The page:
Spend two nights staying at the charming Trogon Lodge, perched on a picturesque hillside with Savegre River running through its grounds, nature trails that you can follow and trout ponds which supply fresh fish to the kitchen as part of the restaurant farm-to-table concept.
Day 3: Cloud forest walks & relaxation
A day of leisure in the cloud forest with the chance to visit the trails on Trogon with a private guide, giving you a chance to learn about the local fauna and wildlife.
Day 4: Rainforests & beaches at Dominical
Travelling around 3 hours south along Costa Rica's beautiful Pacific coast, Dominical appears amidst deep vegetation, deserted beaches, a cool blue ocean, and fantastic waves. The rainforest, whales, waterfalls, and tranquillity of the area have become the recognized characteristics of this beach town in Costa Ballena. On arrival, the afternoon is yours to relax and explore.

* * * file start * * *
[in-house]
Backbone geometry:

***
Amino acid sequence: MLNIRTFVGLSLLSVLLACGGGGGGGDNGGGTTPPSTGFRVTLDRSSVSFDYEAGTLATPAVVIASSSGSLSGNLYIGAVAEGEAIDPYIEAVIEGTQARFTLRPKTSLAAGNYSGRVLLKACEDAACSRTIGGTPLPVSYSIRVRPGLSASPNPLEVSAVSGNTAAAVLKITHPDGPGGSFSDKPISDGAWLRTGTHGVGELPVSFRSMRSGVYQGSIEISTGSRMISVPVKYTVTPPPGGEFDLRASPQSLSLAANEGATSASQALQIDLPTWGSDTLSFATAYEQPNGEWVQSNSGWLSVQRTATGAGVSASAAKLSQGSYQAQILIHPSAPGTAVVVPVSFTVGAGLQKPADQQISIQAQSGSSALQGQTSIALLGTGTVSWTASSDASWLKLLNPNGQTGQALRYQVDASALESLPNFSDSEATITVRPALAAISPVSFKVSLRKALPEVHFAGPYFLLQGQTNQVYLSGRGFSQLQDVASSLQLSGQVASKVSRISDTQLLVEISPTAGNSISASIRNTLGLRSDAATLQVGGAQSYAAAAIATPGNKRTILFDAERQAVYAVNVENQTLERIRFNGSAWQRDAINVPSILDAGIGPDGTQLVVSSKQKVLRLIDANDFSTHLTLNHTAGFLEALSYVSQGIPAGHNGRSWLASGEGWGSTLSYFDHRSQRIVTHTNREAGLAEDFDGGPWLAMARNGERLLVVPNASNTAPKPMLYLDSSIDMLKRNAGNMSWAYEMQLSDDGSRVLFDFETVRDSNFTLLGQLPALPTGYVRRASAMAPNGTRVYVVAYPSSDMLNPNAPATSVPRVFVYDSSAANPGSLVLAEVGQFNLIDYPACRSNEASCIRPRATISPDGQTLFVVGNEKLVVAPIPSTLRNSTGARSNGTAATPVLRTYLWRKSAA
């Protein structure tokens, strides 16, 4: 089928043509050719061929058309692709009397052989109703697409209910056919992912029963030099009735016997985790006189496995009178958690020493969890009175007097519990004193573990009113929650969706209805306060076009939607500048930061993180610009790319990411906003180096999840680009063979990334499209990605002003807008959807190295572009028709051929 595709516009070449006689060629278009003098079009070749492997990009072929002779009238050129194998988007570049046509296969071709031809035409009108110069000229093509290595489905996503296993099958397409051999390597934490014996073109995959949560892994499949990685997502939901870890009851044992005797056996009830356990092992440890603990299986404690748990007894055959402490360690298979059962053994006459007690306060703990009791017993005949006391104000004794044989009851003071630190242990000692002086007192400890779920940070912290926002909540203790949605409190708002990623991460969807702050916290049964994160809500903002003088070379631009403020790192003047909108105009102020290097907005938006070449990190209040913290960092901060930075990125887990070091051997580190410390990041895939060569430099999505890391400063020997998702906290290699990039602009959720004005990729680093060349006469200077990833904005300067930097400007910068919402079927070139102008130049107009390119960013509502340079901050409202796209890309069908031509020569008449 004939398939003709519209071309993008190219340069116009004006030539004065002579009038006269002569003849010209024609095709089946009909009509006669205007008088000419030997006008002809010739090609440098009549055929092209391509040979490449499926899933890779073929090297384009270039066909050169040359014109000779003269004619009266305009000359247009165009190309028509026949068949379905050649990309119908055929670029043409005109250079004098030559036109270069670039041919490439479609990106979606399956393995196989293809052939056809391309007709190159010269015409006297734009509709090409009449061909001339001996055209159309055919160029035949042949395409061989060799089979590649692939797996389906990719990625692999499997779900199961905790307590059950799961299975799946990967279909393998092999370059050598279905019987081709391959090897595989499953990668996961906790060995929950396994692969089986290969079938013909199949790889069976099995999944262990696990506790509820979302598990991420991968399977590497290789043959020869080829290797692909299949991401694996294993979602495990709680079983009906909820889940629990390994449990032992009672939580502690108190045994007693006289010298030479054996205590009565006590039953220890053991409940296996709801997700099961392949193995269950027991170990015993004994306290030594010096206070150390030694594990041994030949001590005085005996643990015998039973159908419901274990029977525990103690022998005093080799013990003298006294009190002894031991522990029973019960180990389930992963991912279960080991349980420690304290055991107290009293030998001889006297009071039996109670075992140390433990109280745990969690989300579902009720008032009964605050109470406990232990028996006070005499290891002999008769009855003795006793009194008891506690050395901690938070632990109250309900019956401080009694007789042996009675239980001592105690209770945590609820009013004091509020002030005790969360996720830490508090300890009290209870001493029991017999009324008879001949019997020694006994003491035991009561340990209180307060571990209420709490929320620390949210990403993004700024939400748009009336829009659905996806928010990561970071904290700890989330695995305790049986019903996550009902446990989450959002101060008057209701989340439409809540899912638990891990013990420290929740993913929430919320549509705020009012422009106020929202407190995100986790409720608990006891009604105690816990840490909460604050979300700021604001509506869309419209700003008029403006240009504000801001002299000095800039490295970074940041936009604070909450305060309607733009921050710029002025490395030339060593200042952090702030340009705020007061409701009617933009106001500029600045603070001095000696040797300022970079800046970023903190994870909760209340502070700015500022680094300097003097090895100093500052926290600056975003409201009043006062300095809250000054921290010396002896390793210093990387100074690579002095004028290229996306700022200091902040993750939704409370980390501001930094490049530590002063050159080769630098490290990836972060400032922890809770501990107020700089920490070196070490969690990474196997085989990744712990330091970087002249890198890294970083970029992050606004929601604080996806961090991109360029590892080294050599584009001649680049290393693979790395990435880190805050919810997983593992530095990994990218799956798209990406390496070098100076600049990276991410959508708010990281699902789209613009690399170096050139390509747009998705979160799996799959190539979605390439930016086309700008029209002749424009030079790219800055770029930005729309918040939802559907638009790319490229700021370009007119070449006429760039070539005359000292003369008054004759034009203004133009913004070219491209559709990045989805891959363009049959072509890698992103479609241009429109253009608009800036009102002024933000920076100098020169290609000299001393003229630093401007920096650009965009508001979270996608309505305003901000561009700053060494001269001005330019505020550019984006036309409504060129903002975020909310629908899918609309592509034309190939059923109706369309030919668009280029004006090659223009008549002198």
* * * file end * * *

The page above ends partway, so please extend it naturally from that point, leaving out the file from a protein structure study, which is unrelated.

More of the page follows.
Spend 3 nights at La Cusinga Ecolodge which borders the Ballena Marine National Park and has breathtaking views over the pristine beaches and blue ocean below.
Day 5: Nauyaca Waterfalls
Take a tour by 4x4 to the breathtaking Nauyaca Waterfalls where you will have the chance to spend 2 hours at these incredible waterfalls, swimming in their pools and marvelling at the water. On route in your 4x4, you will also have the opportunity to spot White Face monkeys, Peacocks, Guatusas and other animals that are in the vicinity. After visiting the falls, you will enjoy a traditional Costa Rica lunch at the ranch before returning to your hotel.
Day 6: Whale and dolphin watching
Take a boat tour through the magnificent Ballena Marine National Park where you can enjoy amazing views of Costa Ballena while searching for dolphins, whales, turtles and birds.